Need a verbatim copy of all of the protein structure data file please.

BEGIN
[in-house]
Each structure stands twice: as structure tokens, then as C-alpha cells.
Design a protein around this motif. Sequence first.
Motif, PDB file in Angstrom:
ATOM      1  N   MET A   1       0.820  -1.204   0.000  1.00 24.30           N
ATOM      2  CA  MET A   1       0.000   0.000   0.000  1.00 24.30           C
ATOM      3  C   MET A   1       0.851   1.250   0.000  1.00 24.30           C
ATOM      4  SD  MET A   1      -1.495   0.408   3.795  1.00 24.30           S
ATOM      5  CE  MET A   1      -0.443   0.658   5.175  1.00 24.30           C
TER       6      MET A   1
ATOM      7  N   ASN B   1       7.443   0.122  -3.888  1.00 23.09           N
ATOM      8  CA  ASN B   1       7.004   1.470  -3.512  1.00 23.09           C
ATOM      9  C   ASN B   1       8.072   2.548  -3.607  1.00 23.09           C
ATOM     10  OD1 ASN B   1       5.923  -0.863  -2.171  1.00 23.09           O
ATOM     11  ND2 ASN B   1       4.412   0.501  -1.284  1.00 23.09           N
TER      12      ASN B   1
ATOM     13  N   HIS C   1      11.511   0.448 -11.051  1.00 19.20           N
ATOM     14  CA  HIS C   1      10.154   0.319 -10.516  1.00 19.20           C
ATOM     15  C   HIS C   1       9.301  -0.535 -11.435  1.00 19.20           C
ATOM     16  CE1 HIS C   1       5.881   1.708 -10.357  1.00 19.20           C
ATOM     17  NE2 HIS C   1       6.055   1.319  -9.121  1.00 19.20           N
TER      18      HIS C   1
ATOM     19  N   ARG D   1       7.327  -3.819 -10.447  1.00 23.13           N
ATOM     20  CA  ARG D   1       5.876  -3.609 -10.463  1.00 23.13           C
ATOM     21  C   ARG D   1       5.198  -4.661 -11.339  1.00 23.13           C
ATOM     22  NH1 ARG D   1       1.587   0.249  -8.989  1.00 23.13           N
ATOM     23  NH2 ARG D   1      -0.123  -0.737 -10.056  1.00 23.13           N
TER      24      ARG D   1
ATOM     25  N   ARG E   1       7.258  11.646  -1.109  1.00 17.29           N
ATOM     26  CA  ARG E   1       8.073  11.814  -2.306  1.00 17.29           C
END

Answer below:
[in-house]
Each structure stands twice: as structure tokens, then as C-alpha cells.
Design a protein around this motif. Sequence first.
Motif, PDB file in Angstrom:
ATOM      1  N   MET A   1       0.820  -1.204   0.000  1.00 24.30           N
ATOM      2  CA  MET A   1       0.000   0.000   0.000  1.00 24.30           C
ATOM      3  C   MET A   1       0.851   1.250   0.000  1.00 24.30           C
ATOM      4  SD  MET A   1      -1.495   0.408   3.795  1.00 24.30           S
ATOM      5  CE  MET A   1      -0.443   0.658   5.175  1.00 24.30           C
TER       6      MET A   1
ATOM      7  N   ASN B   1       7.443   0.122  -3.888  1.00 23.09           N
ATOM      8  CA  ASN B   1       7.004   1.470  -3.512  1.00 23.09           C
ATOM      9  C   ASN B   1       8.072   2.548  -3.607  1.00 23.09           C
ATOM     10  OD1 ASN B   1       5.923  -0.863  -2.171  1.00 23.09           O
ATOM     11  ND2 ASN B   1       4.412   0.501  -1.284  1.00 23.09           N
TER      12      ASN B   1
ATOM     13  N   HIS C   1      11.511   0.448 -11.051  1.00 19.20           N
ATOM     14  CA  HIS C   1      10.154   0.319 -10.516  1.00 19.20           C
ATOM     15  C   HIS C   1       9.301  -0.535 -11.435  1.00 19.20           C
ATOM     16  CE1 HIS C   1       5.881   1.708 -10.357  1.00 19.20           C
ATOM     17  NE2 HIS C   1       6.055   1.319  -9.121  1.00 19.20           N
TER      18      HIS C   1
ATOM     19  N   ARG D   1       7.327  -3.819 -10.447  1.00 23.13           N
ATOM     20  CA  ARG D   1       5.876  -3.609 -10.463  1.00 23.13           C
ATOM     21  C   ARG D   1       5.198  -4.661 -11.339  1.00 23.13           C
ATOM     22  NH1 ARG D   1       1.587   0.249  -8.989  1.00 23.13           N
ATOM     23  NH2 ARG D   1      -0.123  -0.737 -10.056  1.00 23.13           N
TER      24      ARG D   1
ATOM     25  N   ARG E   1       7.258  11.646  -1.109  1.00 17.29           N
ATOM     26  CA  ARG E   1       8.073  11.814  -2.306  1.00 17.29           C